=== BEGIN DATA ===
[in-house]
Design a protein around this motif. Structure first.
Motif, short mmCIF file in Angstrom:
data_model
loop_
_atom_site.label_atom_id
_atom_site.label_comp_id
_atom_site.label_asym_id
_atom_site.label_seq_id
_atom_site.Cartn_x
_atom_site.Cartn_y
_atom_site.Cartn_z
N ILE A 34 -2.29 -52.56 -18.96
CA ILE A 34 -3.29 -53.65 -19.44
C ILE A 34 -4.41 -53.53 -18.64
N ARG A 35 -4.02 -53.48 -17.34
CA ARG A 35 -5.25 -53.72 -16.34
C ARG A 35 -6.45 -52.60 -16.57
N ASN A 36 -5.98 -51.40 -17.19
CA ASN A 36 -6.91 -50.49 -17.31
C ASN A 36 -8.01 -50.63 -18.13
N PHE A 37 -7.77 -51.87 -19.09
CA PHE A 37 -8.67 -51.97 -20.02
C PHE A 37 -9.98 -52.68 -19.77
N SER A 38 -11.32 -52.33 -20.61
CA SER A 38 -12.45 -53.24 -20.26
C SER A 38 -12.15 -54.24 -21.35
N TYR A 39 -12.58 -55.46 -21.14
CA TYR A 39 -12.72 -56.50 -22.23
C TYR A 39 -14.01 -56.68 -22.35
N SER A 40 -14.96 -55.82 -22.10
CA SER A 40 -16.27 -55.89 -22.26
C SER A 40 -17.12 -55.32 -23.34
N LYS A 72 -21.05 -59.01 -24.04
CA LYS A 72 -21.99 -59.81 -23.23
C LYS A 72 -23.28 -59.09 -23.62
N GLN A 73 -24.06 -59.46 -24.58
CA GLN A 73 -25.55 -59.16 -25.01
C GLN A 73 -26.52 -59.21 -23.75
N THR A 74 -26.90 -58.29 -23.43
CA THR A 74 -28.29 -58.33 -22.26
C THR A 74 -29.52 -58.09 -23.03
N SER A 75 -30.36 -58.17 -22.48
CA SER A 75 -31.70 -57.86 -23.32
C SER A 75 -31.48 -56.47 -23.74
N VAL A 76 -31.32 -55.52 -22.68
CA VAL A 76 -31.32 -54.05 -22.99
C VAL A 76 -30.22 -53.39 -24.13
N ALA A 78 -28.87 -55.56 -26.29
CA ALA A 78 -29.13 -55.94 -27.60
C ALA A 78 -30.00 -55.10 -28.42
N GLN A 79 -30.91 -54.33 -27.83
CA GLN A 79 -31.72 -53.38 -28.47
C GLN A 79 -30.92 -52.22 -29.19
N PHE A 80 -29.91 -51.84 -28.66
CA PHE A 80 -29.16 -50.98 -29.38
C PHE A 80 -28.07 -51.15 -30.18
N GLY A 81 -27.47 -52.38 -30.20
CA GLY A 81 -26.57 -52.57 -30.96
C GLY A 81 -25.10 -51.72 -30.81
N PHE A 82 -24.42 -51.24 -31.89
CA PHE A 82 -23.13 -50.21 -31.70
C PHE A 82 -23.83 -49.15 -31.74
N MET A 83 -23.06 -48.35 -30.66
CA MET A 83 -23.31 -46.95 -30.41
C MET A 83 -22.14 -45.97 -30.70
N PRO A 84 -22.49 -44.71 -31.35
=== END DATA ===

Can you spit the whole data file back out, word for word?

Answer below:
[in-house]
Design a protein around this motif. Structure first.
Motif, short mmCIF file in Angstrom:
data_model
loop_
_atom_site.label_atom_id
_atom_site.label_comp_id
_atom_site.label_asym_id
_atom_site.label_seq_id
_atom_site.Cartn_x
_atom_site.Cartn_y
_atom_site.Cartn_z
N ILE A 34 -2.29 -52.56 -18.96
CA ILE A 34 -3.29 -53.65 -19.44
C ILE A 34 -4.41 -53.53 -18.64
N ARG A 35 -4.02 -53.48 -17.34
CA ARG A 35 -5.25 -53.72 -16.34
C ARG A 35 -6.45 -52.60 -16.57
N ASN A 36 -5.98 -51.40 -17.19
CA ASN A 36 -6.91 -50.49 -17.31
C ASN A 36 -8.01 -50.63 -18.13
N PHE A 37 -7.77 -51.87 -19.09
CA PHE A 37 -8.67 -51.97 -20.02
C PHE A 37 -9.98 -52.68 -19.77
N SER A 38 -11.32 -52.33 -20.61
CA SER A 38 -12.45 -53.24 -20.26
C SER A 38 -12.15 -54.24 -21.35
N TYR A 39 -12.58 -55.46 -21.14
CA TYR A 39 -12.72 -56.50 -22.23
C TYR A 39 -14.01 -56.68 -22.35
N SER A 40 -14.96 -55.82 -22.10
CA SER A 40 -16.27 -55.89 -22.26
C SER A 40 -17.12 -55.32 -23.34
N LYS A 72 -21.05 -59.01 -24.04
CA LYS A 72 -21.99 -59.81 -23.23
C LYS A 72 -23.28 -59.09 -23.62
N GLN A 73 -24.06 -59.46 -24.58
CA GLN A 73 -25.55 -59.16 -25.01
C GLN A 73 -26.52 -59.21 -23.75
N THR A 74 -26.90 -58.29 -23.43
CA THR A 74 -28.29 -58.33 -22.26
C THR A 74 -29.52 -58.09 -23.03
N SER A 75 -30.36 -58.17 -22.48
CA SER A 75 -31.70 -57.86 -23.32
C SER A 75 -31.48 -56.47 -23.74
N VAL A 76 -31.32 -55.52 -22.68
CA VAL A 76 -31.32 -54.05 -22.99
C VAL A 76 -30.22 -53.39 -24.13
N ALA A 78 -28.87 -55.56 -26.29
CA ALA A 78 -29.13 -55.94 -27.60
C ALA A 78 -30.00 -55.10 -28.42
N GLN A 79 -30.91 -54.33 -27.83
CA GLN A 79 -31.72 -53.38 -28.47
C GLN A 79 -30.92 -52.22 -29.19
N PHE A 80 -29.91 -51.84 -28.66
CA PHE A 80 -29.16 -50.98 -29.38
C PHE A 80 -28.07 -51.15 -30.18
N GLY A 81 -27.47 -52.38 -30.20
CA GLY A 81 -26.57 -52.57 -30.96
C GLY A 81 -25.10 -51.72 -30.81
N PHE A 82 -24.42 -51.24 -31.89
CA PHE A 82 -23.13 -50.21 -31.70
C PHE A 82 -23.83 -49.15 -31.74
N MET A 83 -23.06 -48.35 -30.66
CA MET A 83 -23.31 -46.95 -30.41
C MET A 83 -22.14 -45.97 -30.70
N PRO A 84 -22.49 -44.71 -31.35